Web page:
Some of the work they experienced during that period was also carry over from the decision to open a second brewery, which was truly formulated in 2009. “As a part of that decision … we knew that this brewery would not have enough capacity and would be too far away and wouldn’t allow us to have a stronger brand presence on the [East Coast]. We made the decision way back then that if we were going to sell beer on the East Coast, we were going to commit to building a brewery there.”

New Belgium was actually scouting Asheville, North Carolina way back in 2009, but the actual process was more in 2012. “Asheville has great water,” explained Jordan. “It’s mountain runoff and so of course the very first thing that brewers look at is the quality of the water. Secondly, we wanted to be in a progressive community. When we build we want to use leading edge thinking on the built environment, and urban planning. We really got the sense that Asheville was going to be enthusiastic about that. We felt like it was a place that our coworkers might be interested in relocating to.”

Several years prior, New Belgium had looked to open another brewery in California and used a broker, which helped them to realize a strategy when the desire arose to proceed East. “When we started looking on the East Coast, we enlisted a site selection expert,” explained Jordan. “It’s kind of amazing what they can help you with because it’s all they do. They are experts at it. When we looked along the Eastern Seaboard, all the way from Maine to Georgia, we looked at water quality, proximity to rail, good roadways, proximity to population. There were probably 40 criteria and Asheville was one of a handful of cities that really came out on top.”

The new location will be a 500,000-barrel brewery at its ultimate capacity. The first stage will be closer to about 300,000 barrels and will be fully up and functioning, if everything goes as planned, by the end of 2015.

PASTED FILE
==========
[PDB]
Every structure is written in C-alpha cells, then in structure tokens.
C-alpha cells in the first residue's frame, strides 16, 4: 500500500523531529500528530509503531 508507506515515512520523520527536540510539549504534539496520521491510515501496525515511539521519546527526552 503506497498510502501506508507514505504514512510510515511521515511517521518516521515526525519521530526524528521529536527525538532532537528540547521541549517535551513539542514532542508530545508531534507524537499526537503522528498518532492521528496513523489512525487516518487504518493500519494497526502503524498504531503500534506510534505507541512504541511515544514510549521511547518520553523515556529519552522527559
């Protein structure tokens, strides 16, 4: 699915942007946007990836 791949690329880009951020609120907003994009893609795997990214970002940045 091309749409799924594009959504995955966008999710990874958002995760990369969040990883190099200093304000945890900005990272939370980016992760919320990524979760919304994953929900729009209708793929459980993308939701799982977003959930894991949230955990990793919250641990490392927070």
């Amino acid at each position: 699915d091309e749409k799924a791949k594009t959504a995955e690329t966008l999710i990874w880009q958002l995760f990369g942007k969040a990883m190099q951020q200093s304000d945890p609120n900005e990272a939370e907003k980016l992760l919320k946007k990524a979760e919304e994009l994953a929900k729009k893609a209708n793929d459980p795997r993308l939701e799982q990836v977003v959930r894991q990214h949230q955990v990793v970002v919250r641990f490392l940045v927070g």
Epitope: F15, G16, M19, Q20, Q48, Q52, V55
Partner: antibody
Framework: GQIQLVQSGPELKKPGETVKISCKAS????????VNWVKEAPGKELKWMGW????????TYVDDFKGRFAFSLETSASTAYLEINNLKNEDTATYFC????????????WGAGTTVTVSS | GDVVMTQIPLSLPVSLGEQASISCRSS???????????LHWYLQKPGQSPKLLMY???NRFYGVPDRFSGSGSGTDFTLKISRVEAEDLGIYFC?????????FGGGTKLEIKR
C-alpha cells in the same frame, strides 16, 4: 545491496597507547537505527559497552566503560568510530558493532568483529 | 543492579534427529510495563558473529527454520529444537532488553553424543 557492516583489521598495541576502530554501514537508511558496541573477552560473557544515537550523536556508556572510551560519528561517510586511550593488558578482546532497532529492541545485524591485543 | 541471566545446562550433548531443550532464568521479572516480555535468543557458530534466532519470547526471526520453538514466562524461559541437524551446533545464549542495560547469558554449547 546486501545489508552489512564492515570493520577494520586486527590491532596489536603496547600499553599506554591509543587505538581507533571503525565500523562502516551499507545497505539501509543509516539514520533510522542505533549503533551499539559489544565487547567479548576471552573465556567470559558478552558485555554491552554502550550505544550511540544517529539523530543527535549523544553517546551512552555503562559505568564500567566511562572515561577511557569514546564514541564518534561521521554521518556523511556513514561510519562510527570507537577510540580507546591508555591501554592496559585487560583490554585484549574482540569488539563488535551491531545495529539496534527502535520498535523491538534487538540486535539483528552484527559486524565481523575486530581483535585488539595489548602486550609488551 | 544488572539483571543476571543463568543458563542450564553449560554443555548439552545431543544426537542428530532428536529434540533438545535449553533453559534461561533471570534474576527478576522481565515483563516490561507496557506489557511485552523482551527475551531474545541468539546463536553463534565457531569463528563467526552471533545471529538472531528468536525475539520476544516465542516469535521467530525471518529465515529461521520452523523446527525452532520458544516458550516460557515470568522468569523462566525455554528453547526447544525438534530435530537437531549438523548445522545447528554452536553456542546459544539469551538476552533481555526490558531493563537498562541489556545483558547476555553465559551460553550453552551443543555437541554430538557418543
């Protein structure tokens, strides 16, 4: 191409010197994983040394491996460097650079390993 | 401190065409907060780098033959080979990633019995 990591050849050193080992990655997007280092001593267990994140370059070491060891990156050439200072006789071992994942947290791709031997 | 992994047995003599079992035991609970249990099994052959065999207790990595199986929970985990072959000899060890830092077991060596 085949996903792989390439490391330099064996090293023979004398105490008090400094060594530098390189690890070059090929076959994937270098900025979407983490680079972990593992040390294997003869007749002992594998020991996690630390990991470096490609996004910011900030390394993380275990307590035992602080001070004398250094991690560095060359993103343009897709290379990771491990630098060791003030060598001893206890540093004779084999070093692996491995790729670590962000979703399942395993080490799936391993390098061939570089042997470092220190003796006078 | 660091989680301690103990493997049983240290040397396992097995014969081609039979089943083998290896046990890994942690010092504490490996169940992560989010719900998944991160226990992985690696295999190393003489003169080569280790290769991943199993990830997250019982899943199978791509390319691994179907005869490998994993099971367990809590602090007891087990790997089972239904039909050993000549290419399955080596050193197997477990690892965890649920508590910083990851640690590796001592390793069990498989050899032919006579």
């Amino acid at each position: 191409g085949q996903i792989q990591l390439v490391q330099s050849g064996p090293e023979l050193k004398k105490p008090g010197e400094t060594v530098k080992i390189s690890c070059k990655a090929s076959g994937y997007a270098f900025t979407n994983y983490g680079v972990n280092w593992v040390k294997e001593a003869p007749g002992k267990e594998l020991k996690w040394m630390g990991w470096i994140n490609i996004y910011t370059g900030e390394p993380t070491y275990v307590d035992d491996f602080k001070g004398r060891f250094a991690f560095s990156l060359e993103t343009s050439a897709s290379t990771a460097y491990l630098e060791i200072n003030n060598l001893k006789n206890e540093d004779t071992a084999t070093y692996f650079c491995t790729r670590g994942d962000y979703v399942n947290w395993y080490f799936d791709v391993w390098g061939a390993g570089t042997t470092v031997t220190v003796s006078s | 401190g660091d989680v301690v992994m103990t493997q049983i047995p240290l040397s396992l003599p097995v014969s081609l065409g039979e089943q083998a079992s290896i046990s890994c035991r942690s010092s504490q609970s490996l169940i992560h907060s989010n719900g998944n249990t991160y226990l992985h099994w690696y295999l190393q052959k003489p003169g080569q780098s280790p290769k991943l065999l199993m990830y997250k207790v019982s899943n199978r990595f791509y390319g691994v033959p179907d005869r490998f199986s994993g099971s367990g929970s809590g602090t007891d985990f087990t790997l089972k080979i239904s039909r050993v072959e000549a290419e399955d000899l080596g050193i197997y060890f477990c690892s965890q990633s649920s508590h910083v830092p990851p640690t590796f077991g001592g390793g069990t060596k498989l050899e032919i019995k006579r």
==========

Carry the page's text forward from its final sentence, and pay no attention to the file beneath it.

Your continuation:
“I talked about the $30 million in capacity we invested in Fort Collins, in 2012 and 2013, and originally we thought, we’ll start building Asheville in 2013, and there will be overlap where we’ll have extra capacity in the two locations for probably a couple of years, but that would be no big deal,” she said. “Then we started penciling it out and had just finished the audacious task of selling the company to our co-workers, and it all seemed like: ‘wow, this is a lot, we are really stretching ourselves in every way, not just financially, but in every way.’ We decided to regroup and push off the start date of the brewery.

“You never wish for that start, right? Because you’re talking to people and everything’s starting to mobilize, then ‘whoa, time out.’”

When the construction finally began, Jordan and her team heard people speak of rumors that they had decided not to move forward, but it was simply an adjustment for time. “That wasn’t the case, and it surprised me to hear that, but that was certainly the first hurdle,” explained Jordan. “The flip side of that though, is that it gave us time to do a lot of planning, and there is a maxim in sustainability planning, the more planning you can do up front, not on the fly, the more alignment you get and the better the project goes. Knock on wood, things are going really well.